In the year 1776 Thomas Paine wrote his pamphlet Common Sense to convince the struggling colonists that succession from the British monarchy was not only inevitable, but also justified, and that it was time for the people of the American colonies to rise up against the British control. At this time the American Revolution had been in progress for about a year and the colonists were divided about what to do.
There were Patriots fighting for independence, Loyalist who were still loyal to Great Britain, and those who were still undecided and sympathetic to the colonist’s grievances but weren’t ready to risk going to war by severing ties to Great Britain. Paine wrote Common Sense because of these divisions among the colonist to urge them to unit and sever the ties to their Mother country.
To help convince those who were still undecided Paine presented arguments such as how it was absurd for an Island to rule a Continent, how America could avoid European conflicts by being free of Great Britain, how London was too far from America to rule it, and that the King and Parliament would rule for Great Britain’s benefit, not the colonists.
Loyalist and many of those who were still undecided often stated that the colonist were not justified in rebelling because Great Britain had helped and supported America, however, Paine countered this in his pamphlet by stating that Great Britain only looked over America to ensure their own personal economic welfare. This argument and others, helped to convince many of those who were undecided to join ranks with the Patriots and strengthen the resolution of those already fighting the British control.
This strengthened resolution lead to one of the first successful colonial actions performed in this time period, the Declaration of Independence and later the development of a new nation. In January 1776 the American colonist had two choices to choose from. They could unit in the American Revolution or they could reconcile with Great Britain. Both choices would be difficult. The American Revolution would cause major changes. They would be cut off financial, and politically from Great Britain. A new government would need to be established and a new nation formed.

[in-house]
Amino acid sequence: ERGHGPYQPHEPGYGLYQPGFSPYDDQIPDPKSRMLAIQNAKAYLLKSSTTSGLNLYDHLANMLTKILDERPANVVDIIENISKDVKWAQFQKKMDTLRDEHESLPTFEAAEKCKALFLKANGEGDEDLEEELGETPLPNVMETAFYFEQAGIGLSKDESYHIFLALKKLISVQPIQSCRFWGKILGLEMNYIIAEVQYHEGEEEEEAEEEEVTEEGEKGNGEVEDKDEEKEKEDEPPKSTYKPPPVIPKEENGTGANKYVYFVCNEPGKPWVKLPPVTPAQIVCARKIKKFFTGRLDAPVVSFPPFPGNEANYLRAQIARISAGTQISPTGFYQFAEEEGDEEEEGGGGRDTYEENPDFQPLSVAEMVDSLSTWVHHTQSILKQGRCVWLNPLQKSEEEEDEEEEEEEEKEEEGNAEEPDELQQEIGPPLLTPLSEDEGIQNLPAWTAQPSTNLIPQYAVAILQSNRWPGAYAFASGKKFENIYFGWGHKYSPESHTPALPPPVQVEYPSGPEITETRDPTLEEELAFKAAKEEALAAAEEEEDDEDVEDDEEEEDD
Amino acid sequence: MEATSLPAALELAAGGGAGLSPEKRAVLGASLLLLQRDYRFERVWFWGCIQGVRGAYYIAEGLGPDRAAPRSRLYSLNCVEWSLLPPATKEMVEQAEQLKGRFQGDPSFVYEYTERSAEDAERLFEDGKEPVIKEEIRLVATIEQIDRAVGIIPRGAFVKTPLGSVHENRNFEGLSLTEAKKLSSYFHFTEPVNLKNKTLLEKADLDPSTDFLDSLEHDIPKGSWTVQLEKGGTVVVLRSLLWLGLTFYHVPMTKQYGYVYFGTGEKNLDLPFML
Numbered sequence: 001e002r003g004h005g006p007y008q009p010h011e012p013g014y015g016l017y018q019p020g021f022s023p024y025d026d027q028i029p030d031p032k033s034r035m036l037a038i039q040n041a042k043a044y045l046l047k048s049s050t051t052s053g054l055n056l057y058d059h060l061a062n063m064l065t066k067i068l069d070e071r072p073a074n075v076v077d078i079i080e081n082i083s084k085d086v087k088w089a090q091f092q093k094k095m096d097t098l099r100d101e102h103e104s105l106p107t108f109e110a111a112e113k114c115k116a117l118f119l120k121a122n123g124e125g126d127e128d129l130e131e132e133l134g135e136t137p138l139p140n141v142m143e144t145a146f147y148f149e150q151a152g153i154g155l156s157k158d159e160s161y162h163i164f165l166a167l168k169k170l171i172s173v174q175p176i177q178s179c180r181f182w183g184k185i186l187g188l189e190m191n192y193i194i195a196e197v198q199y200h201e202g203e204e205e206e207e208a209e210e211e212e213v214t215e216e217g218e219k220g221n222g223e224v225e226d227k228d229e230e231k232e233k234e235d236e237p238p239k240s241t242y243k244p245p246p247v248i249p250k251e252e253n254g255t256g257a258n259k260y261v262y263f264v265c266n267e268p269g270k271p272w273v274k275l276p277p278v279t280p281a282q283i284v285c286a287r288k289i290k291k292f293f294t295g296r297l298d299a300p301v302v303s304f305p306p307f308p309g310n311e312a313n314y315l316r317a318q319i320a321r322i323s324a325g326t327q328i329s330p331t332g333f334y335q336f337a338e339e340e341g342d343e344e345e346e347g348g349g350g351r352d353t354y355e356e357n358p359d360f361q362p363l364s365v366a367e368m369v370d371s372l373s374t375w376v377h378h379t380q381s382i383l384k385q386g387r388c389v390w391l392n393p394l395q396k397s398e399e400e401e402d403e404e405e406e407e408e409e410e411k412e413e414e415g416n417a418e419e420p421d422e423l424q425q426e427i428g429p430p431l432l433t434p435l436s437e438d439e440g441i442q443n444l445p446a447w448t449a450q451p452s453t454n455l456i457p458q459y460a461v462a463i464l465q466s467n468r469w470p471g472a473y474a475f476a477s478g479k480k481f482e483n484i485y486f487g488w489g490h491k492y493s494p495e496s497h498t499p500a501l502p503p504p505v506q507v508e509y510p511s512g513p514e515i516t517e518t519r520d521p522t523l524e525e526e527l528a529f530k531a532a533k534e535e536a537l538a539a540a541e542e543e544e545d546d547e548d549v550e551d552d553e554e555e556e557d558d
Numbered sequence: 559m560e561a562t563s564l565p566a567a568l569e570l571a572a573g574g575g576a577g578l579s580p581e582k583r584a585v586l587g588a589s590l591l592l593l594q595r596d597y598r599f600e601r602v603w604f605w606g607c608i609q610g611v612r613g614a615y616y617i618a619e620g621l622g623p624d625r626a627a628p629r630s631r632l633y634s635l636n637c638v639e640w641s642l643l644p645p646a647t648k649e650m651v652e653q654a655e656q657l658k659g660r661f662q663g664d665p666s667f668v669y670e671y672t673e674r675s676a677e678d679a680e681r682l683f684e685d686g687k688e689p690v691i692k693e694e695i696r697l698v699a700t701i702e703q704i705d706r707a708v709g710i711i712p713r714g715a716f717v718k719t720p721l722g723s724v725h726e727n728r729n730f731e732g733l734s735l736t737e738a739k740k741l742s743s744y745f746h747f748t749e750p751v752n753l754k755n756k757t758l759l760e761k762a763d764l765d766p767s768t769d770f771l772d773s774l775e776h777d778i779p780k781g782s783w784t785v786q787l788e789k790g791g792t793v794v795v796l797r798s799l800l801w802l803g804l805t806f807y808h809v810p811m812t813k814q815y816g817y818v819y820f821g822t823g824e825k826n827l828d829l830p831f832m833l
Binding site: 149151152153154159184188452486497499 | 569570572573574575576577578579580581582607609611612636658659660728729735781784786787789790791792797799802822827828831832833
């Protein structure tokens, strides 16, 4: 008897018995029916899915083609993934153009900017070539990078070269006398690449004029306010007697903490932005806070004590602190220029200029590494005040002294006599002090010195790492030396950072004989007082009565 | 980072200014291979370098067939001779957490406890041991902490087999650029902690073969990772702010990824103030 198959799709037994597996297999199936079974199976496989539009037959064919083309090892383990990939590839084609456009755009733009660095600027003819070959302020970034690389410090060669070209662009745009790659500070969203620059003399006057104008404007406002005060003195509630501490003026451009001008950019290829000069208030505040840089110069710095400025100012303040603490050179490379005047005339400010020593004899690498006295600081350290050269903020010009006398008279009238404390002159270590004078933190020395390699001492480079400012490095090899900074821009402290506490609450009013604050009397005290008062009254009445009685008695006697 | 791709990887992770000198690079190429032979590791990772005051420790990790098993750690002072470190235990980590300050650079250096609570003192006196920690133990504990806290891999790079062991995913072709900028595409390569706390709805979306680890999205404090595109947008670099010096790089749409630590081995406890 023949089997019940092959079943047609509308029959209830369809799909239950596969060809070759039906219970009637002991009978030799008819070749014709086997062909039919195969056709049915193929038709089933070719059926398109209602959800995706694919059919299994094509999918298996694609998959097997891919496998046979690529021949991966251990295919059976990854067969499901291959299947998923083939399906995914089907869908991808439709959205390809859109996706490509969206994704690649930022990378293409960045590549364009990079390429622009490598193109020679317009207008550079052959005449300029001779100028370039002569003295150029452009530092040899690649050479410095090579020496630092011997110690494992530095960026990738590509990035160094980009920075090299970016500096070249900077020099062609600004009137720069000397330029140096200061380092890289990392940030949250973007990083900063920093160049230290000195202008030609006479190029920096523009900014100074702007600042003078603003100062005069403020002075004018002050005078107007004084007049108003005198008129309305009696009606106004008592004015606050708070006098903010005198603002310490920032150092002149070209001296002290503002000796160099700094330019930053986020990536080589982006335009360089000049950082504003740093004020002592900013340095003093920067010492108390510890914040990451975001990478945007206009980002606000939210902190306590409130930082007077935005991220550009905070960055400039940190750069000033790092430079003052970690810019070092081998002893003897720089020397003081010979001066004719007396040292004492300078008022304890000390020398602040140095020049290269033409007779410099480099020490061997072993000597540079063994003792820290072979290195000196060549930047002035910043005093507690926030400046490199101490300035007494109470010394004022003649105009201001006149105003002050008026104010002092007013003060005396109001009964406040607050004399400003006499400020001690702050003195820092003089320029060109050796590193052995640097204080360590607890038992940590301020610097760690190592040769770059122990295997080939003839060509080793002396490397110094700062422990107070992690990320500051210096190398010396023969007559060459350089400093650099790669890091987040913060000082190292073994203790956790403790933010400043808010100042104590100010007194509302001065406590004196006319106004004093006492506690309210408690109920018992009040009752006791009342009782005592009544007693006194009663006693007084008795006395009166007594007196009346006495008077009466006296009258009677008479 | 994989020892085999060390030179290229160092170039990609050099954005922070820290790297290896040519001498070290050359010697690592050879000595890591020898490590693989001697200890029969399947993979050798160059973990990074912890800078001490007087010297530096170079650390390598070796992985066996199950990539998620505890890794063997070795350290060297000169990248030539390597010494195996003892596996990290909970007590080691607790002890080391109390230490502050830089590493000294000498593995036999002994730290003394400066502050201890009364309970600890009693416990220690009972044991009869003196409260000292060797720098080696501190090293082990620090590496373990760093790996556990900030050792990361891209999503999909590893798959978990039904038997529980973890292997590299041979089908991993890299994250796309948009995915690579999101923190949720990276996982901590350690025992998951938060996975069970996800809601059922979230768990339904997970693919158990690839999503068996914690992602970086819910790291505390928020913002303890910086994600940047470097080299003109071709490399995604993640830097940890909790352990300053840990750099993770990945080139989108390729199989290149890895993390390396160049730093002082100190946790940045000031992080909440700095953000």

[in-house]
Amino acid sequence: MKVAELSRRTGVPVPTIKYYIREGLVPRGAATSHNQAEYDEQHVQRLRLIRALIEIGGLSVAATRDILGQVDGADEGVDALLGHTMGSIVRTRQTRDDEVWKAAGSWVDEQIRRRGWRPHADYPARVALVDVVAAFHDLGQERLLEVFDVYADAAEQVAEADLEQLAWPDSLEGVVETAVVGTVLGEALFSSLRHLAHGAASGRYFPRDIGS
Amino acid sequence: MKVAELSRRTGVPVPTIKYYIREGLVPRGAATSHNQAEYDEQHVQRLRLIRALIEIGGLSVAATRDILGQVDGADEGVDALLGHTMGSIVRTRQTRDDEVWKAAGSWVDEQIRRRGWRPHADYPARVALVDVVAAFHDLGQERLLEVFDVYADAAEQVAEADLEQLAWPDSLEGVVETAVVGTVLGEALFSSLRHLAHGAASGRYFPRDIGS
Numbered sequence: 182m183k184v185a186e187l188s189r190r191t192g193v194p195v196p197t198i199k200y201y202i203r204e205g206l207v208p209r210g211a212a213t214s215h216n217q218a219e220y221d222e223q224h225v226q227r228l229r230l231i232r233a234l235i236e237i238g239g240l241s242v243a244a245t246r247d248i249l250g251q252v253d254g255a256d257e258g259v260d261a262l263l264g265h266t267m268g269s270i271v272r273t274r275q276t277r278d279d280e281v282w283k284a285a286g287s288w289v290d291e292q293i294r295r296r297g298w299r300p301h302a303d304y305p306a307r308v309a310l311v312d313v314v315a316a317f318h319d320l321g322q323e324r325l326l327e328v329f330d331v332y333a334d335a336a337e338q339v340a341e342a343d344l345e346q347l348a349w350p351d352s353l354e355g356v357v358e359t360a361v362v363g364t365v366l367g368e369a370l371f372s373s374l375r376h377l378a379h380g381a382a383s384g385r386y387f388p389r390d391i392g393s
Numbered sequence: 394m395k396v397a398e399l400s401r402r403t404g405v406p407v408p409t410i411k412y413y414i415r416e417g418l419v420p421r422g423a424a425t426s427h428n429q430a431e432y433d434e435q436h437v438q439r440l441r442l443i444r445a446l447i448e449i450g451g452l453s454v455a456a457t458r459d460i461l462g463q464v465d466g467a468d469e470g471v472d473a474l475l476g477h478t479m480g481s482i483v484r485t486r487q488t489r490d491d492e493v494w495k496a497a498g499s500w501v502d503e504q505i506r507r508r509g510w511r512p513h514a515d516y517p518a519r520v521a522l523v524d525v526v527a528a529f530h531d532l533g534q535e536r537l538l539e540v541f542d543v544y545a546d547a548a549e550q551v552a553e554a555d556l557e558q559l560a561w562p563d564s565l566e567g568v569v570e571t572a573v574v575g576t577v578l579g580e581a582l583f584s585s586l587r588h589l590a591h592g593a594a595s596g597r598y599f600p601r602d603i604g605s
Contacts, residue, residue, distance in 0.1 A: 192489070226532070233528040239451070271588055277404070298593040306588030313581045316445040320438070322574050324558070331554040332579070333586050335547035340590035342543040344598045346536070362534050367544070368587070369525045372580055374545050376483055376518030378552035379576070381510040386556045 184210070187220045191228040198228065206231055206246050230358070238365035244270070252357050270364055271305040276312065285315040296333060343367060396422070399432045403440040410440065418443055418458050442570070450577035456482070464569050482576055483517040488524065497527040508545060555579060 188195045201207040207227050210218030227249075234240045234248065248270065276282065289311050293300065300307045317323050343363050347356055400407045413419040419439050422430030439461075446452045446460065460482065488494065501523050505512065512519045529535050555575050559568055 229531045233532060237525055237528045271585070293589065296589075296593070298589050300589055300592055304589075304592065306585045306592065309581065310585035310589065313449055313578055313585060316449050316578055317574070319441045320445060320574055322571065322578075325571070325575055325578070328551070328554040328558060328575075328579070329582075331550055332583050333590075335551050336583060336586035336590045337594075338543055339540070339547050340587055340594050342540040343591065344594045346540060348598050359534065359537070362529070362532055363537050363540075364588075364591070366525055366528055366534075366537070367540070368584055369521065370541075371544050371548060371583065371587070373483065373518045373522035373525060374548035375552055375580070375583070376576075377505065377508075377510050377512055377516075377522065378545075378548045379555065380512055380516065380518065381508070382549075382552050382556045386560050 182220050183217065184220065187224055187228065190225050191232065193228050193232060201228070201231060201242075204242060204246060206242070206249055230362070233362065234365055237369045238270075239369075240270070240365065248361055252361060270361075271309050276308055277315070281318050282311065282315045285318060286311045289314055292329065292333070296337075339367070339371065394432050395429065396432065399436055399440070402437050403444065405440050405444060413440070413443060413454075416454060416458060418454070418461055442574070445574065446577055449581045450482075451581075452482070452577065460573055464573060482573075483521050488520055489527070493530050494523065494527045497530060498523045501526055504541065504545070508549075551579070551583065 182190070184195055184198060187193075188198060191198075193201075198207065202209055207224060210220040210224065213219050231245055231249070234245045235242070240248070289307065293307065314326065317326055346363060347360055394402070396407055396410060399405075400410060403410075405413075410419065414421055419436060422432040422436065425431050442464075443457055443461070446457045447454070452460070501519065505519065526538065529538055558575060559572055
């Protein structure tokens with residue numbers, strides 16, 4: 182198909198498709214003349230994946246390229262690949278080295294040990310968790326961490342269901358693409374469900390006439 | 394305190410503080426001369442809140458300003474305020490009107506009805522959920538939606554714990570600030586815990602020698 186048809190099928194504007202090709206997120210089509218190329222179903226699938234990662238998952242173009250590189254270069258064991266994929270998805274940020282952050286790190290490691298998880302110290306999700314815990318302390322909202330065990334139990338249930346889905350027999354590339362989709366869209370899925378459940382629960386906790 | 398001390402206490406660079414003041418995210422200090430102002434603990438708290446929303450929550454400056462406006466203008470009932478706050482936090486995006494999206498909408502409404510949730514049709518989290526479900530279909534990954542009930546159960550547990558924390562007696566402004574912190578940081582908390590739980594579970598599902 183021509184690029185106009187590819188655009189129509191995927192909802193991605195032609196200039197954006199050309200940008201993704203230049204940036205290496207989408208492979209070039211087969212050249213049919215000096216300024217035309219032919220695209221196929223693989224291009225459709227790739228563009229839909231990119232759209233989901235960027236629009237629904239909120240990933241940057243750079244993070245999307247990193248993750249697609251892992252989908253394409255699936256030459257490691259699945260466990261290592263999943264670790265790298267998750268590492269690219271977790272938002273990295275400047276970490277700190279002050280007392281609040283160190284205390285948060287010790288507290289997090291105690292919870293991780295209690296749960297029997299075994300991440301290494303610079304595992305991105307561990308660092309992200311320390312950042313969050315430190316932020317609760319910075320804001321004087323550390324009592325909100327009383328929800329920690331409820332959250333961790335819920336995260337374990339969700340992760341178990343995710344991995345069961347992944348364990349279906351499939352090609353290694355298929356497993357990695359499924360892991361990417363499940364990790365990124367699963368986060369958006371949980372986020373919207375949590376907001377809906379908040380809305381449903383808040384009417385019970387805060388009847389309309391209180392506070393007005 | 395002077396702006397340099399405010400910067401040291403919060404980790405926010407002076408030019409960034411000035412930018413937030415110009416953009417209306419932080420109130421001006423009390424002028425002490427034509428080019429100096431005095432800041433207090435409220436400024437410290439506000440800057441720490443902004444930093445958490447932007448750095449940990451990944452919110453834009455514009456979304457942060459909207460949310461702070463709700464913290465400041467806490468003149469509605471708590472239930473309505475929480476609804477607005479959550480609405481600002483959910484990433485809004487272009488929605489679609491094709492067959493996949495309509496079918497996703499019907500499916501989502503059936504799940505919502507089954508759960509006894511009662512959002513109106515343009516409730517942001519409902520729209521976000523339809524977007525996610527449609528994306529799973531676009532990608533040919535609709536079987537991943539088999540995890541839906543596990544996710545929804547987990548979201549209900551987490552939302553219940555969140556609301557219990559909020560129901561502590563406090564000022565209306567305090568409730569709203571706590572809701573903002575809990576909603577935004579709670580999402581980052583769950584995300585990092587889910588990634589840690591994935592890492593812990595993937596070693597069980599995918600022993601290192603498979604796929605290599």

They would face many challenges to get to this point, and many challenges running the new nation after it was established. However, the road of reconciliation with Great Britain would be just as long and difficult, if not more so. The colonies would be punished for their rebellion, and the grievances that lead to such action would still be in place and likely would develop further. The need for unity to succeed in the Revolution War lead Paine to present many arguments for why the British Monarchy was not applicable or acceptable for the American colonies.
These arguments stemmed from the fact that the British system of government was overly complicated. Paine stated “that the more simple any thing is, the less liable it is to be disordered, and the easier repaired when disordered”. He believed that this notion should be applied to systems of governments as well. While examining the English constitution and dissecting it Paine determined that the British system of government was in reality a combination of three systems of government: monarchy, aristocracy, and republic.